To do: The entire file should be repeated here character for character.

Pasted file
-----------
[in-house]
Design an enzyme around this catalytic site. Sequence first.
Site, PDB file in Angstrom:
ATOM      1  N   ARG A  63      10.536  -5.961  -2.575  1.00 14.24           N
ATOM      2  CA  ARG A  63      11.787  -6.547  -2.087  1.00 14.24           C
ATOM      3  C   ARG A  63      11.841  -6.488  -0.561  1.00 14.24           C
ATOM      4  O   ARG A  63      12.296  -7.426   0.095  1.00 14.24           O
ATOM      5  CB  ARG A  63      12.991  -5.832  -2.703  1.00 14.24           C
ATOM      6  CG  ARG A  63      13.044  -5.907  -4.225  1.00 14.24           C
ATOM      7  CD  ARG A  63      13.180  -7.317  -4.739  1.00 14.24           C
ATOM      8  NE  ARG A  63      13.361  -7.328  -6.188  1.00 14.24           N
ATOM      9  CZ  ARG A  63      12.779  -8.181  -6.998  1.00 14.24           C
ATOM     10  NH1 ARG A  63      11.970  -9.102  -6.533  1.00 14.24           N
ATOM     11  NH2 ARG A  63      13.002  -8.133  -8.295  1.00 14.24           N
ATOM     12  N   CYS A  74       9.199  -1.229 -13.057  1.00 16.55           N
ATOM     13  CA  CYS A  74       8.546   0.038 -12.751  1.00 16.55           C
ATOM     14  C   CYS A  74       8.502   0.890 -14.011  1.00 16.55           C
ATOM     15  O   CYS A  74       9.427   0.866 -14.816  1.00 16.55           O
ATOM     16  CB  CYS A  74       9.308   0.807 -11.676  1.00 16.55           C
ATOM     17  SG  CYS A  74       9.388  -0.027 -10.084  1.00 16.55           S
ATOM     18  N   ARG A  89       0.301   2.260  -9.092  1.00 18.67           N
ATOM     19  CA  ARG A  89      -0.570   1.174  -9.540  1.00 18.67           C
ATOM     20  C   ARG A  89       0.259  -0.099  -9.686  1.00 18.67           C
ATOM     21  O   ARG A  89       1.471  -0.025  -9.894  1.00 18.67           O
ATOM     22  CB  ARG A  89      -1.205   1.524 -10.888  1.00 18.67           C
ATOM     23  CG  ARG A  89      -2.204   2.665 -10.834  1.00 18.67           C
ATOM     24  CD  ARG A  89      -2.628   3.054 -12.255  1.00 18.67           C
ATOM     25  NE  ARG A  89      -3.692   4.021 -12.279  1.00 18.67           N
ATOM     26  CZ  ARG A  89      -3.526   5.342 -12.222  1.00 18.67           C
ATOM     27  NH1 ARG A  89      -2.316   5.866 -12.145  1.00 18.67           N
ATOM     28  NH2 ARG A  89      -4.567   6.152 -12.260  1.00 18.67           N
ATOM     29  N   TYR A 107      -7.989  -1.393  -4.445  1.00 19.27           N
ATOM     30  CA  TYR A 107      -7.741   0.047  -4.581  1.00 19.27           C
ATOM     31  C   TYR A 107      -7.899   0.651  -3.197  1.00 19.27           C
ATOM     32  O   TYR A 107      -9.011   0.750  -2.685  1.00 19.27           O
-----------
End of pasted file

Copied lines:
[in-house]
Design an enzyme around this catalytic site. Sequence first.
Site, PDB file in Angstrom:
ATOM      1  N   ARG A  63      10.536  -5.961  -2.575  1.00 14.24           N
ATOM      2  CA  ARG A  63      11.787  -6.547  -2.087  1.00 14.24           C
ATOM      3  C   ARG A  63      11.841  -6.488  -0.561  1.00 14.24           C
ATOM      4  O   ARG A  63      12.296  -7.426   0.095  1.00 14.24           O
ATOM      5  CB  ARG A  63      12.991  -5.832  -2.703  1.00 14.24           C
ATOM      6  CG  ARG A  63      13.044  -5.907  -4.225  1.00 14.24           C
ATOM      7  CD  ARG A  63      13.180  -7.317  -4.739  1.00 14.24           C
ATOM      8  NE  ARG A  63      13.361  -7.328  -6.188  1.00 14.24           N
ATOM      9  CZ  ARG A  63      12.779  -8.181  -6.998  1.00 14.24           C
ATOM     10  NH1 ARG A  63      11.970  -9.102  -6.533  1.00 14.24           N
ATOM     11  NH2 ARG A  63      13.002  -8.133  -8.295  1.00 14.24           N
ATOM     12  N   CYS A  74       9.199  -1.229 -13.057  1.00 16.55           N
ATOM     13  CA  CYS A  74       8.546   0.038 -12.751  1.00 16.55           C
ATOM     14  C   CYS A  74       8.502   0.890 -14.011  1.00 16.55           C
ATOM     15  O   CYS A  74       9.427   0.866 -14.816  1.00 16.55           O
ATOM     16  CB  CYS A  74       9.308   0.807 -11.676  1.00 16.55           C
ATOM     17  SG  CYS A  74       9.388  -0.027 -10.084  1.00 16.55           S
ATOM     18  N   ARG A  89       0.301   2.260  -9.092  1.00 18.67           N
ATOM     19  CA  ARG A  89      -0.570   1.174  -9.540  1.00 18.67           C
ATOM     20  C   ARG A  89       0.259  -0.099  -9.686  1.00 18.67           C
ATOM     21  O   ARG A  89       1.471  -0.025  -9.894  1.00 18.67           O
ATOM     22  CB  ARG A  89      -1.205   1.524 -10.888  1.00 18.67           C
ATOM     23  CG  ARG A  89      -2.204   2.665 -10.834  1.00 18.67           C
ATOM     24  CD  ARG A  89      -2.628   3.054 -12.255  1.00 18.67           C
ATOM     25  NE  ARG A  89      -3.692   4.021 -12.279  1.00 18.67           N
ATOM     26  CZ  ARG A  89      -3.526   5.342 -12.222  1.00 18.67           C
ATOM     27  NH1 ARG A  89      -2.316   5.866 -12.145  1.00 18.67           N
ATOM     28  NH2 ARG A  89      -4.567   6.152 -12.260  1.00 18.67           N
ATOM     29  N   TYR A 107      -7.989  -1.393  -4.445  1.00 19.27           N
ATOM     30  CA  TYR A 107      -7.741   0.047  -4.581  1.00 19.27           C
ATOM     31  C   TYR A 107      -7.899   0.651  -3.197  1.00 19.27           C
ATOM     32  O   TYR A 107      -9.011   0.750  -2.685  1.00 19.27           O